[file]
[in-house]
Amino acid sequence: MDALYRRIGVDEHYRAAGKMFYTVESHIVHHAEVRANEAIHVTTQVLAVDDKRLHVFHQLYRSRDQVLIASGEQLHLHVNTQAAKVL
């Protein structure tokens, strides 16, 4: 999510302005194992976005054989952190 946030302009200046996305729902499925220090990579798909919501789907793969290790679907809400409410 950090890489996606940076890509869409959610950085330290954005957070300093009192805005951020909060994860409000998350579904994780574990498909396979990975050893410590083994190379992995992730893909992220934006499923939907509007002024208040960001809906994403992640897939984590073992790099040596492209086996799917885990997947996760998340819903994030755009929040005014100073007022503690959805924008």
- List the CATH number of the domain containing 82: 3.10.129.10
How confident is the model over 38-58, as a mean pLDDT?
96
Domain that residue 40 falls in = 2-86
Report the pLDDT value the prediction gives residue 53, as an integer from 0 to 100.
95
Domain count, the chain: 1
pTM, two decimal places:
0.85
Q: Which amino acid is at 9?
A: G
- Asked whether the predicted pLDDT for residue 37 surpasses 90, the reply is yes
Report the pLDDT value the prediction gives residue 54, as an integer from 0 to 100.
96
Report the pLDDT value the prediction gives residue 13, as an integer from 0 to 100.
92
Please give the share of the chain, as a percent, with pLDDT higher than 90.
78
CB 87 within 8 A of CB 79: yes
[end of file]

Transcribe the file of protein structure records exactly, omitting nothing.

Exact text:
[in-house]
Amino acid sequence: MDALYRRIGVDEHYRAAGKMFYTVESHIVHHAEVRANEAIHVTTQVLAVDDKRLHVFHQLYRSRDQVLIASGEQLHLHVNTQAAKVL
């Protein structure tokens, strides 16, 4: 999510302005194992976005054989952190 946030302009200046996305729902499925220090990579798909919501789907793969290790679907809400409410 950090890489996606940076890509869409959610950085330290954005957070300093009192805005951020909060994860409000998350579904994780574990498909396979990975050893410590083994190379992995992730893909992220934006499923939907509007002024208040960001809906994403992640897939984590073992790099040596492209086996799917885990997947996760998340819903994030755009929040005014100073007022503690959805924008």
- List the CATH number of the domain containing 82: 3.10.129.10
How confident is the model over 38-58, as a mean pLDDT?
96
Domain that residue 40 falls in = 2-86
Report the pLDDT value the prediction gives residue 53, as an integer from 0 to 100.
95
Domain count, the chain: 1
pTM, two decimal places:
0.85
Q: Which amino acid is at 9?
A: G
- Asked whether the predicted pLDDT for residue 37 surpasses 90, the reply is yes
Report the pLDDT value the prediction gives residue 54, as an integer from 0 to 100.
96
Report the pLDDT value the prediction gives residue 13, as an integer from 0 to 100.
92
Please give the share of the chain, as a percent, with pLDDT higher than 90.
78
CB 87 within 8 A of CB 79: yes